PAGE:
For new entrepreneurs with money to invest, one of the most decisions is the choice between a franchise, where you buy into the business model created by a larger franchisor, and an independent business, where you start a venture of your own and grow it at your own pace. Take these considerations into account if you have to make this tough choice.
Finances: Finances is one of the key differences between a franchise and an independent business. Most franchises will require at least a certain amount of net worth or investment in order to qualify. The requirements are so varied that you will probably be able to find a franchise you can afford not matter your personal finances look like…but it may not be in your favorite industry. On the other hand, franchises have several benefits when it comes to borrowing money. Banks may be more willing to fund dependable franchises than new ventures, and franchisors may be able to help out with financing advice.
Control Issues: Franchises undoubtedly offer a lot of benefits, especially when it comes to supplemental materials. They provide marketing services, employee management services, internal materials and documents, supply chain information and many other types of help. However, they also tend to be strict: franchise policies and expectations must be strictly followed, particularly when it comes to things like promotions. If you prefer more control over your business model, how you advertise and when you expand, you may be more comfortable with an independent business.
Profit: Consider your profit goals. New ventures are tough to stabilize for the first several years of operations, and you may be in the red for a while. Franchises often offer better opportunities to immediately and effectively turn a profit, because they are based on proven business models. Of course, poor franchise models or franchises that are in failing industries may not offer much revenue, but strong franchises can lead to quick success.
Industry: What do you want to do? Franchises exist in a vast array of industries, but they are not suitable for every market or business dream. The tech industry, for example, is a better place to start a new venture and is largely devoid of common franchise opportunities. The same is true of related industries like SaaS (software as a service) and other web-related businesses. If you have an innovative product or service to market, a franchise probably won’t be able to help achieve your goals.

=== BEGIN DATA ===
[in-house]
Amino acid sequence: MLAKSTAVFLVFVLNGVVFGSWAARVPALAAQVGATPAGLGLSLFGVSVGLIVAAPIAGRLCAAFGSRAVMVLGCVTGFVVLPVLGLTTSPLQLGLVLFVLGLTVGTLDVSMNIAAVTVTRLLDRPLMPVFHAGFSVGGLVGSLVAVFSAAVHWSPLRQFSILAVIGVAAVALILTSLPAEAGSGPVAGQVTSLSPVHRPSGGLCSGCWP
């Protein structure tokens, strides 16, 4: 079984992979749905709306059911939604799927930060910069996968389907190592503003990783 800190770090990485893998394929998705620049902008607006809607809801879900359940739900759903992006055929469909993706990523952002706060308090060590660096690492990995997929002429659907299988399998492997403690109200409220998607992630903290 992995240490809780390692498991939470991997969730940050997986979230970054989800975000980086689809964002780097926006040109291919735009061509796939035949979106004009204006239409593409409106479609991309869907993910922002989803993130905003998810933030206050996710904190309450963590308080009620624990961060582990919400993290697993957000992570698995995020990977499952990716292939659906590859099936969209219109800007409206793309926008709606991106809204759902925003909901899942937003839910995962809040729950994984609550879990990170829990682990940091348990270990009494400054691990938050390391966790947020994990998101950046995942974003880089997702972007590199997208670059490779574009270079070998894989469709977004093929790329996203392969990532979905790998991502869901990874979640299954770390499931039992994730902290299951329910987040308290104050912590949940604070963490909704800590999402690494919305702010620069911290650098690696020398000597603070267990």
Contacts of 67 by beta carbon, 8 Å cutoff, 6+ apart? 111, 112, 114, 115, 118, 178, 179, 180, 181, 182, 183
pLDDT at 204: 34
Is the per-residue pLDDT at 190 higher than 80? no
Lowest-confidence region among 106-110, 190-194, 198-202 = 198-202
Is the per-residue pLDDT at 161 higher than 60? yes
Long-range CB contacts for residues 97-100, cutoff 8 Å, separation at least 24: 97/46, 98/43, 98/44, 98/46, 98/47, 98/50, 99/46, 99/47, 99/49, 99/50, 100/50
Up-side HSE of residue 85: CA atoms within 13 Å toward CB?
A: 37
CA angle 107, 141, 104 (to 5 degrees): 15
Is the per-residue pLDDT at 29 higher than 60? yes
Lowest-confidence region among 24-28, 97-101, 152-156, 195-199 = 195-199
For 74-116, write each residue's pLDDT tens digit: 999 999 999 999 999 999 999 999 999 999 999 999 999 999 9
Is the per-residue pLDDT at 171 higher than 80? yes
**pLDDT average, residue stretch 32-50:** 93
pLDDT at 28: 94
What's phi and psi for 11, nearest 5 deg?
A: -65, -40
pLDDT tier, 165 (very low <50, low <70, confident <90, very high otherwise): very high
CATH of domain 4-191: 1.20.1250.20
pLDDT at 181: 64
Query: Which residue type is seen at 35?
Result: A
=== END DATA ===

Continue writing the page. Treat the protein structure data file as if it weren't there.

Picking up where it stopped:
Position: This does not necessarily refer to a geographic location, but to how your business is positioned in the community. It may be more difficult to get involved in the community with a franchise. A local business tend to be more flexible in regard to community outreach, local events, commerce meetings and similar benefits.
Partners: If you are on your own, a franchise can be a great investment. However, if you have active partners that you are working alongside, it may be more advantageous to pick out a new partnership model that properly divides responsibility among the right people than try to wedge your business relationships into a franchise model.
Endgame: Where do you see yourself in five years? This question is actually one of the most important you can ask when considering a franchise or an independent business. If you want to build something, own it for long years and keep the company in the family, then an new venture may be best. The same is true of plans to ultimately take the business public or expand it into foreign markets – this isn’t really a possibility with franchises. On the other hand, if your goals are to start a successful company, run it for several years, and then arrange to sell it at a profit, a franchise may be the perfect solution for your business.
Photo Source: Flickr
Justin Norris is a professional blogger that provides tips and information on franchise opportunities and investments. He writes for Franchise Expo, the place to find the best franchise opportunities available.